Posts tagged Glen Duncan

Read the full New York Times review here.

Read the full New York Times review here.

On New Year’s Eve 2009, a friend asked me what I was “hoping to achieve” in the next 12 months. Resisting the urge to break a bottle over his head, I said — for no reason I can now remember — that I was going to write a novel about the last surviving werewolf. Agreement that this was a good idea was slurred but unanimous.
Glen Duncan on how he came to write The Last Werewolf and Talulla Rising. The rest of the interview is just as good—read it!
A full moon reveal: remember how the pages of Glen Duncan’s The Last Werewolf were edged in blood-red? Here’s a first look at the final copies of his follow-up, Talulla Rising, with pages edged in black!

A full moon reveal: remember how the pages of Glen Duncan’s The Last Werewolf were edged in blood-red? Here’s a first look at the final copies of his follow-up, Talulla Rising, with pages edged in black!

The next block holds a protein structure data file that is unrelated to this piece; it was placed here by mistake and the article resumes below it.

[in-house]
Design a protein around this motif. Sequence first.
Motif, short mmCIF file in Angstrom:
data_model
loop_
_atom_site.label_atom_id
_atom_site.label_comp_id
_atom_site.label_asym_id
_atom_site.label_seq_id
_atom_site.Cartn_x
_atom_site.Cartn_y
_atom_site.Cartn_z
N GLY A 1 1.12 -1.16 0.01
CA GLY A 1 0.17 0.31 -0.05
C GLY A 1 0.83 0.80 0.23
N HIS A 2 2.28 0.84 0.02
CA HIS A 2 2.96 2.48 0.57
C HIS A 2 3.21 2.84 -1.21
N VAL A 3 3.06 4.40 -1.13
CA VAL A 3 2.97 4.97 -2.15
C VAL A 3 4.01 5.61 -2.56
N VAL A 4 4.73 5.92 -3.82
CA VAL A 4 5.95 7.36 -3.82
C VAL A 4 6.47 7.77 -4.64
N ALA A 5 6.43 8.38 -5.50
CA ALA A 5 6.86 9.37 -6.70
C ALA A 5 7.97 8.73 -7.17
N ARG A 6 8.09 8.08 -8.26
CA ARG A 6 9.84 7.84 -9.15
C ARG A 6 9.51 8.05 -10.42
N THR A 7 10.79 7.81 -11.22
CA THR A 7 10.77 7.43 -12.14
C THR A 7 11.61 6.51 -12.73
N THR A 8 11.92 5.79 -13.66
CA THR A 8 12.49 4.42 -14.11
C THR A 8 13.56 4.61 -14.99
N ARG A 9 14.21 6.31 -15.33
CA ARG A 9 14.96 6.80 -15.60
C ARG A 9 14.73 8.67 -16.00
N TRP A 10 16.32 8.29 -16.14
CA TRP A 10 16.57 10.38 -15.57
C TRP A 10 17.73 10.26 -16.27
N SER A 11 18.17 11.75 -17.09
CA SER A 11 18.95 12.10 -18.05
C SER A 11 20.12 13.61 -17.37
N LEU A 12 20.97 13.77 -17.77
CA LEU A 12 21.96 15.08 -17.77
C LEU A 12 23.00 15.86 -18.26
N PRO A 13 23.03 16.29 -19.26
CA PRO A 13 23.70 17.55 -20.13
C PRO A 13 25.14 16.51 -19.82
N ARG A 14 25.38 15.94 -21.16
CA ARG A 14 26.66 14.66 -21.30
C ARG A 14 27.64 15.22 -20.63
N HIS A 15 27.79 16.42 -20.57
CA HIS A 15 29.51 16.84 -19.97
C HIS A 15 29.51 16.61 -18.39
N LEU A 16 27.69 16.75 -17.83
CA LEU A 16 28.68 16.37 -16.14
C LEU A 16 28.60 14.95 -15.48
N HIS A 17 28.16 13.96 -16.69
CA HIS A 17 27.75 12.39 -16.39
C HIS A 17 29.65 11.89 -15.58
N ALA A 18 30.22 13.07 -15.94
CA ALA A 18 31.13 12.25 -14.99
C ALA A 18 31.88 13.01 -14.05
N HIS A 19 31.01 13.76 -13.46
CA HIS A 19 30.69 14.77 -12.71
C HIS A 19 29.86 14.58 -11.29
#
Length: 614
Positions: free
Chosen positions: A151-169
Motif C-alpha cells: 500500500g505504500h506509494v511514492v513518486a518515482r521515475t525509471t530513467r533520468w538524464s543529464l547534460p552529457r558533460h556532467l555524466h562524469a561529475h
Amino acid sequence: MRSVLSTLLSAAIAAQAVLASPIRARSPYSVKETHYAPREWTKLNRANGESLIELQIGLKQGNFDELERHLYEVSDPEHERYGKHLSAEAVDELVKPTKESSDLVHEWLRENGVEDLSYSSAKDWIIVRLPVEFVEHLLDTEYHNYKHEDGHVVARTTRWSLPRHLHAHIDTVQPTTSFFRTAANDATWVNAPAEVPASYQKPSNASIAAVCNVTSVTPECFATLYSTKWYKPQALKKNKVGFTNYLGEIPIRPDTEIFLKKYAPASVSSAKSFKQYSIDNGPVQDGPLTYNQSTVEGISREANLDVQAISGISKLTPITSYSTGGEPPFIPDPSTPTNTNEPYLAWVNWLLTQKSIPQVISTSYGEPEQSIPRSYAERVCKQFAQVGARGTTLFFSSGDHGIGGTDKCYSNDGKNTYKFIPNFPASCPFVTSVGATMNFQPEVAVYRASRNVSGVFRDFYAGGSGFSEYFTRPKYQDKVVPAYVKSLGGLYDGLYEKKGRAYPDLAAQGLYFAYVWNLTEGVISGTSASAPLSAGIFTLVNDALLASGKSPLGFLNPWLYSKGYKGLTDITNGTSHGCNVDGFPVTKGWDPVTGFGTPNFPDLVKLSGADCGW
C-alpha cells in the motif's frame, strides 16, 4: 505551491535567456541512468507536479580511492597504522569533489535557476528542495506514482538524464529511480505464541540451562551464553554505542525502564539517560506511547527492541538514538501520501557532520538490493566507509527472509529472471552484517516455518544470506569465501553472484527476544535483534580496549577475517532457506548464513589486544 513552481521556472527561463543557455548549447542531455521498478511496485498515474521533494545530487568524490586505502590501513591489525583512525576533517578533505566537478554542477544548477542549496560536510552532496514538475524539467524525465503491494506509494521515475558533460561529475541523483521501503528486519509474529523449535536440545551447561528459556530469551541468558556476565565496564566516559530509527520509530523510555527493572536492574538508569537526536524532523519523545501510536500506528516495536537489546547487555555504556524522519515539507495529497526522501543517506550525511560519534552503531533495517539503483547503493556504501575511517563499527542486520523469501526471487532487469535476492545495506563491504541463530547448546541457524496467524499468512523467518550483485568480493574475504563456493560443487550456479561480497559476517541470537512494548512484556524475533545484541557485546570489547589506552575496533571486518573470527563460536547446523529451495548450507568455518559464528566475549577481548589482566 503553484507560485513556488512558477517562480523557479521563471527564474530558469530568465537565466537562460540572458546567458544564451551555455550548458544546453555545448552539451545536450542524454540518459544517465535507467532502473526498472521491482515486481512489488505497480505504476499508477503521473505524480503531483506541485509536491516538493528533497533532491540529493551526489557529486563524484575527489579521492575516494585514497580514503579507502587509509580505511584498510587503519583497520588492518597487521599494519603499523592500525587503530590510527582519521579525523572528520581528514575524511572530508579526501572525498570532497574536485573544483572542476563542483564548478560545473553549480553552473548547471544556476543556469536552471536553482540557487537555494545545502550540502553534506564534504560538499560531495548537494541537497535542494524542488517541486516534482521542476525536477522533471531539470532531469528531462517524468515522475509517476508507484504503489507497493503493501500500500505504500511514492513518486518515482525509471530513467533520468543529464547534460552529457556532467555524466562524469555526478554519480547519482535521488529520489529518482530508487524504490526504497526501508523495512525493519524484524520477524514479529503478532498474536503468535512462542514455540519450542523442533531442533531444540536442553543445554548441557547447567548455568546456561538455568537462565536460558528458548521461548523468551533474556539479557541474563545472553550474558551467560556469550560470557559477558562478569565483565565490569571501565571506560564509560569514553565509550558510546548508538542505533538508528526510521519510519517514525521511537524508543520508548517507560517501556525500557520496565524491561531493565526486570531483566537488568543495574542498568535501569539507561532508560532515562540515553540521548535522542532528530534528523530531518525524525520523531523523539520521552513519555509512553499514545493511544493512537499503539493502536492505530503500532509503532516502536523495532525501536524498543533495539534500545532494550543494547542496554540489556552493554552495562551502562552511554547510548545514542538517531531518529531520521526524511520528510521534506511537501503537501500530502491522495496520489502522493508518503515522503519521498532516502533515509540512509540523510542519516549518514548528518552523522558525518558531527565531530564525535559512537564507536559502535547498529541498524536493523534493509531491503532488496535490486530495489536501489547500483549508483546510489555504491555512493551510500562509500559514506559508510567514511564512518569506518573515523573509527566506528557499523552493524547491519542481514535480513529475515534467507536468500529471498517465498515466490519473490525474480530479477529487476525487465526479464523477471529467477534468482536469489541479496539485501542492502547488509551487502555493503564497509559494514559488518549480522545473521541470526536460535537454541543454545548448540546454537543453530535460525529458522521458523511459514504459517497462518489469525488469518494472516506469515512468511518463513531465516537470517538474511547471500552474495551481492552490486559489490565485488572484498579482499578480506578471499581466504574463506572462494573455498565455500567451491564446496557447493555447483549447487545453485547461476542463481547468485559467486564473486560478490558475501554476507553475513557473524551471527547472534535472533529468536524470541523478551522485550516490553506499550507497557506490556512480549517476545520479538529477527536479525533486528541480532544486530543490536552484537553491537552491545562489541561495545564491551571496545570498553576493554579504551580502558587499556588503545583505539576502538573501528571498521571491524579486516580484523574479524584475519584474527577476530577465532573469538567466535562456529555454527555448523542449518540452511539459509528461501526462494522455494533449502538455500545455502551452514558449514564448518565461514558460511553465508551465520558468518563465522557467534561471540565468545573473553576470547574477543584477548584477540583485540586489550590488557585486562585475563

Author Glen Duncan: I'm amazed people don't write more about sex

The Metro [UK] knows how to write a headline.

“There is something liberating about a novel like this. As well as offering a new vantage point from which to consider the old questions of life, it also provides a welcome fantasy in which there is not just extreme sex and violence (including the werewolf lovers’ full-moon ritual “fuckkilleat”), but also smoking, drinking and a lot of very fancy hotels. Werewolves can’t get cancer and don’t need pensions. Who wouldn’t want to be part of their world for a while?”
—The Guardian [UK] on Glen Duncan’s follow-up to The Last Werewolf.

“There is something liberating about a novel like this. As well as offering a new vantage point from which to consider the old questions of life, it also provides a welcome fantasy in which there is not just extreme sex and violence (including the werewolf lovers’ full-moon ritual “fuckkilleat”), but also smoking, drinking and a lot of very fancy hotels. Werewolves can’t get cancer and don’t need pensions. Who wouldn’t want to be part of their world for a while?”

The Guardian [UK] on Glen Duncan’s follow-up to The Last Werewolf.